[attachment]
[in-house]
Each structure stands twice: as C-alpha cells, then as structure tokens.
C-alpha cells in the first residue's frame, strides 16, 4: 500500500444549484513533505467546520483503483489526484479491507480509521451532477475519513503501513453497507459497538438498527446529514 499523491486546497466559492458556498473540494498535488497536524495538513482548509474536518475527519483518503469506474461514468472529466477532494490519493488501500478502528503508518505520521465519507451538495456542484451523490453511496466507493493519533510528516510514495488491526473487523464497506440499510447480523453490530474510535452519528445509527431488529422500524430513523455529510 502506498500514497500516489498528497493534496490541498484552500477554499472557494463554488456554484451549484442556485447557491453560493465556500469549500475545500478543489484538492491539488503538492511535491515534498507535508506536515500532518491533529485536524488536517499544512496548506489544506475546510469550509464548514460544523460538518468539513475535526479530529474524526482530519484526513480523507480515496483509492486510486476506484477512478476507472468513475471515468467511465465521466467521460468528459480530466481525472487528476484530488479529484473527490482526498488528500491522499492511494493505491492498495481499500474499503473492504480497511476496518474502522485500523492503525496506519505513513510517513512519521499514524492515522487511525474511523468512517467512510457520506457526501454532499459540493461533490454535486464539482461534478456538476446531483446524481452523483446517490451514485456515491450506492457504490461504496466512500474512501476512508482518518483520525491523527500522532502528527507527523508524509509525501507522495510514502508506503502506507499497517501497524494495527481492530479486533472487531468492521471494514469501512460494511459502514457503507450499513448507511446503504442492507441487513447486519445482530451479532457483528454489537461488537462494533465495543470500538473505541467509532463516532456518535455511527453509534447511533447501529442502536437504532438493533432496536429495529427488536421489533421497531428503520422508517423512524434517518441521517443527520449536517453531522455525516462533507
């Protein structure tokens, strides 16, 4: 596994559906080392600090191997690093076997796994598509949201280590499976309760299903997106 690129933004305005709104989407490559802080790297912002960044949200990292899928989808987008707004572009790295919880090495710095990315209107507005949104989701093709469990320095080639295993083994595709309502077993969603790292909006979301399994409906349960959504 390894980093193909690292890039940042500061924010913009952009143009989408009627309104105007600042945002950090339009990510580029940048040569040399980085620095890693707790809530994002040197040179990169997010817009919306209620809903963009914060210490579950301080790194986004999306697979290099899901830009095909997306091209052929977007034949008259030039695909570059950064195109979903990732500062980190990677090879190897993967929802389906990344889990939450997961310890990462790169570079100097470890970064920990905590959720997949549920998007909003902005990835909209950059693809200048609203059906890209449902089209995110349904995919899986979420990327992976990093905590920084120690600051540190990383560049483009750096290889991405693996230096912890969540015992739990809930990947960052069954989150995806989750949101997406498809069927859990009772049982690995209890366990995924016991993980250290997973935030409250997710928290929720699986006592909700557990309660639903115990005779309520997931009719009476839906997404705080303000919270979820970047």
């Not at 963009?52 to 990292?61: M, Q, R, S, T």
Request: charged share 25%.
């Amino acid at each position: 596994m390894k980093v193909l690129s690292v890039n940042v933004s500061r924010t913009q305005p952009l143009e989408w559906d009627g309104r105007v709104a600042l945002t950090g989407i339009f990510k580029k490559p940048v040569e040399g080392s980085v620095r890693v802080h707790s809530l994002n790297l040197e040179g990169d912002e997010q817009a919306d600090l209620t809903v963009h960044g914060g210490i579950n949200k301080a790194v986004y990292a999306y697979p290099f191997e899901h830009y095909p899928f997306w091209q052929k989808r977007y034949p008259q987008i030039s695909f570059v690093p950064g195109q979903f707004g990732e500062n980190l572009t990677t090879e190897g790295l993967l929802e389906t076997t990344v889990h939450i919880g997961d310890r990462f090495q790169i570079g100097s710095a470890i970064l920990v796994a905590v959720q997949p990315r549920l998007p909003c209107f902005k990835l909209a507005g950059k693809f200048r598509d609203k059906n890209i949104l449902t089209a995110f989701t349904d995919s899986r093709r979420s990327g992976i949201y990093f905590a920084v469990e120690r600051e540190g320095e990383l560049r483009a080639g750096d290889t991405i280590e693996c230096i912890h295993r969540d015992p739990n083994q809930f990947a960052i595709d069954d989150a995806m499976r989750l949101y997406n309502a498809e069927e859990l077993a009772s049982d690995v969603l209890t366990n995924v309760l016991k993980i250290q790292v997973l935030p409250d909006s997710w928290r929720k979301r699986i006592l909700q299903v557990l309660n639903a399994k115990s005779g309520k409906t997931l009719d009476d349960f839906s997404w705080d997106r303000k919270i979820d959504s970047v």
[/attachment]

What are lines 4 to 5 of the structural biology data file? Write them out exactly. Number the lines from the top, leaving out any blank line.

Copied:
């Protein structure tokens, strides 16, 4: 596994559906080392600090191997690093076997796994598509949201280590499976309760299903997106 690129933004305005709104989407490559802080790297912002960044949200990292899928989808987008707004572009790295919880090495710095990315209107507005949104989701093709469990320095080639295993083994595709309502077993969603790292909006979301399994409906349960959504 390894980093193909690292890039940042500061924010913009952009143009989408009627309104105007600042945002950090339009990510580029940048040569040399980085620095890693707790809530994002040197040179990169997010817009919306209620809903963009914060210490579950301080790194986004999306697979290099899901830009095909997306091209052929977007034949008259030039695909570059950064195109979903990732500062980190990677090879190897993967929802389906990344889990939450997961310890990462790169570079100097470890970064920990905590959720997949549920998007909003902005990835909209950059693809200048609203059906890209449902089209995110349904995919899986979420990327992976990093905590920084120690600051540190990383560049483009750096290889991405693996230096912890969540015992739990809930990947960052069954989150995806989750949101997406498809069927859990009772049982690995209890366990995924016991993980250290997973935030409250997710928290929720699986006592909700557990309660639903115990005779309520997931009719009476839906997404705080303000919270979820970047």
């Not at 963009?52 to 990292?61: M, Q, R, S, T």